17. The split between administrative action and executive action as spelt out in Association of Regional Magistrates of Southern Africa v President of the Republic of South Africa and Others above is one of the matters that ought to be addressed in the instant case. Considerations in this regard could be guided by questions such as whether, as an example, the President’s exercise of his/her powers to remove a Minister from the Cabinet can be challenged on the grounds that no reasons were furnished for the decision to remove the Minister from his/her ministerial position. Just like in the Nseula case above where the question essentially bordered on what were the constitutional limits of judicial review of legislative action or conduct; the key constitutional question in the instant case is what are the constitutional limits of judicial review of executive (prosecutorial) action?

18. In the premises, it is my decision that the question of the reviewability by the courts of the exercise of constitutional prosecutorial discretion/powers by the DPP, in terms of the circumstances, scope, and nature of such decisions, has to be determined in these proceedings before the Court can rule on the issue of leave to apply for judicial review.

19. There are also several constitutional questions raised by the Applicants, including whether the decision of the DPP (the Respondent) not to furnish to them reasons for the decision to discontinue the criminal proceedings violated a constitutional fundamental principle under Section 12(1)(d) of the Constitution, and also the right of access to information under Section 37 of the Constitution, among others.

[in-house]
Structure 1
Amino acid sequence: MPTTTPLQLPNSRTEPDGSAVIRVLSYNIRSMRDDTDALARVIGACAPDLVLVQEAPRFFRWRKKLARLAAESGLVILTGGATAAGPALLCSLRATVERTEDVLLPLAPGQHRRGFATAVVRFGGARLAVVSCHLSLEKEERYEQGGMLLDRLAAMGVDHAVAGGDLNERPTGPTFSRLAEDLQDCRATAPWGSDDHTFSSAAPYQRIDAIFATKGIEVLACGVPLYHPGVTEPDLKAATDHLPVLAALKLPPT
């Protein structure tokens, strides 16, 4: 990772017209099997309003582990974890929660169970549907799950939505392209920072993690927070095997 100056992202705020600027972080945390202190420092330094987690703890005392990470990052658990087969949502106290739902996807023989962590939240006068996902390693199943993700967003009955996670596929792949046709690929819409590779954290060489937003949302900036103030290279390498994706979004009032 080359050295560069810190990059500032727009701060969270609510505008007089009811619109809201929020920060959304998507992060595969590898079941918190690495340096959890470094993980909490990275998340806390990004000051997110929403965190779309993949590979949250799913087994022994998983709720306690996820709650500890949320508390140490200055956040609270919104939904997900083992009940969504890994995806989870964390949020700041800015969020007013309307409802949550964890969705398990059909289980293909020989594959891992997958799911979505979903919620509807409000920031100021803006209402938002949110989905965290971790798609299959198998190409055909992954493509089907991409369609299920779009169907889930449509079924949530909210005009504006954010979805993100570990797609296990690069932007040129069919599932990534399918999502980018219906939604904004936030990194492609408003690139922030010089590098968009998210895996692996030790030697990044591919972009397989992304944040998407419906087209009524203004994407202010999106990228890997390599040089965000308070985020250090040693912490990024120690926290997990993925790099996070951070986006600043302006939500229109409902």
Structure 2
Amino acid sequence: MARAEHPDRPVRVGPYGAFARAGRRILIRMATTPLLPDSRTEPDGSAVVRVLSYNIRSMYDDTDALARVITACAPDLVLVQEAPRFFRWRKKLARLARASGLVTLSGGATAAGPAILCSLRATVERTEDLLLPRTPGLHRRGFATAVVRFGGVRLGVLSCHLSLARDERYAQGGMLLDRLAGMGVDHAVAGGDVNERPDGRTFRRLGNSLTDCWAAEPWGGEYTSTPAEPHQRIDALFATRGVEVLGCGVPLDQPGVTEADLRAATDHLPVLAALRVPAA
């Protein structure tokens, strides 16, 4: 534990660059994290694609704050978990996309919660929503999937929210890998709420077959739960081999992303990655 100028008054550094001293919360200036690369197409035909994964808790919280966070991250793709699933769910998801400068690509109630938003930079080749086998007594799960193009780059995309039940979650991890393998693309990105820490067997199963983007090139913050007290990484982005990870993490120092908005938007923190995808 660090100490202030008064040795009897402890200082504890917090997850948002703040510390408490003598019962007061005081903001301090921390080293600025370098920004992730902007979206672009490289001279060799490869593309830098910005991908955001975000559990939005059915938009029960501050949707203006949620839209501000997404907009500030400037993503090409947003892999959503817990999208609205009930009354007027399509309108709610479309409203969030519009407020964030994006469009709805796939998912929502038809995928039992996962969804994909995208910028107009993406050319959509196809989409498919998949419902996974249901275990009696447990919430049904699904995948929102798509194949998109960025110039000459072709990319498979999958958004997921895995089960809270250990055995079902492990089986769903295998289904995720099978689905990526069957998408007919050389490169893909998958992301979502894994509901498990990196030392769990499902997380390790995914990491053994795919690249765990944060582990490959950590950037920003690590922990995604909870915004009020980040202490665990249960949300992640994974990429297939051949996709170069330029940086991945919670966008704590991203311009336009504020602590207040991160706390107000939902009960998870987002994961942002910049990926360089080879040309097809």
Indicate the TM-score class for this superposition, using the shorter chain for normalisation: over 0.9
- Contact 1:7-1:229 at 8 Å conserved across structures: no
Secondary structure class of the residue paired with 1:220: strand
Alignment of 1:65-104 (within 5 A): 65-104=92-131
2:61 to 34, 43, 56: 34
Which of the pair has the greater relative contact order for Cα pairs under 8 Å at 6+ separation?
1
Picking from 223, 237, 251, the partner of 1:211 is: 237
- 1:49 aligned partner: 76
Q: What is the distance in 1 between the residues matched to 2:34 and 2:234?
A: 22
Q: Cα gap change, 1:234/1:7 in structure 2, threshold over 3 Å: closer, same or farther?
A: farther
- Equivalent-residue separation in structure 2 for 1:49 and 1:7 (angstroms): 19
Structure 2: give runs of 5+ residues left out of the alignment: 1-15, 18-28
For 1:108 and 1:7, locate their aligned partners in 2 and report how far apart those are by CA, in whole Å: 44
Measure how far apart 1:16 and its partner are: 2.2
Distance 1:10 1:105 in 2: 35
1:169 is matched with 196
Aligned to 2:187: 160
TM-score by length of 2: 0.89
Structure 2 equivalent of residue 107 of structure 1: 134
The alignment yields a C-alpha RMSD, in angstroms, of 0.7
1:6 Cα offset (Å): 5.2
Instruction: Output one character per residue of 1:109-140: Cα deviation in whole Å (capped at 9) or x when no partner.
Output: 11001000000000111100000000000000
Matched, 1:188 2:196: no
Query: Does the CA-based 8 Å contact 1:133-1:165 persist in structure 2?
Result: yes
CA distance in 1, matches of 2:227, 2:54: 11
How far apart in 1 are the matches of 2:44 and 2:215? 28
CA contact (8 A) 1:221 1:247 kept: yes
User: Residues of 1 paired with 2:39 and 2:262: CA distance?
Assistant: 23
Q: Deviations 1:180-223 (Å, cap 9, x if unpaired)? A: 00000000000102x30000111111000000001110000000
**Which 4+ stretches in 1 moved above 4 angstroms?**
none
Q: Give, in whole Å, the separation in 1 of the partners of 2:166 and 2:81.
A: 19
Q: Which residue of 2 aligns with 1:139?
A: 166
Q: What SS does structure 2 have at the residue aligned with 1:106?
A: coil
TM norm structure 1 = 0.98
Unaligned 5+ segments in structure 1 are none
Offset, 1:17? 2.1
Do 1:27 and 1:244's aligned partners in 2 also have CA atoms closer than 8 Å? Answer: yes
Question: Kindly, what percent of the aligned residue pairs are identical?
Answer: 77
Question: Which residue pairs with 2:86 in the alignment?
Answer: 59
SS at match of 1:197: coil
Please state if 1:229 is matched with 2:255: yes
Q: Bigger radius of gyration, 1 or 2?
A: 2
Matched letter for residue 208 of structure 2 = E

20. In addition, perusing the documents filed by Mr. Msonda before the Magistrate’s Court which documents have been exhibited to the Applicants’ affidavit herein, one notices that the same also raised a number of other constitutional issues, including an argument that the charge and the particulars of the offence violated Mr. Msonda’s rights to freedom of religion, thought, conscience, belief, expression, opinion, association and speech.

21. It is my considered view that all these are constitutional matters that ought to be dealt with swiftly and decisively by a panel of at least three High Court Judges within the meaning of Section 9(2) of the Courts Act, and this Court therefore refers this matter to the Honourable the Chief Justice to make a decision as to whether this matter is fit for certification to be dealt with as a constitutional cause under Section 9(2) as read with Section 9(3) of the Courts Act.

22. The Court will proceed to make a Notice of Referral in terms of Rule 8 under the Courts (High Court) (Procedure on the Interpretation or Application of the Constitution) Rules.

23. I wish to pause here and observe in passing, that the parties in the Court below were geared to make an application and representations in respect thereof before the Senior Resident Magistrate Court for that Court to make a referral decision to the Chief Justice for certification of the matter as a constitutional cause. My reading of Section 9(2) of the Courts Act is that this seems untenable. Section 9(2) of the Courts Act is very clear. It provides that: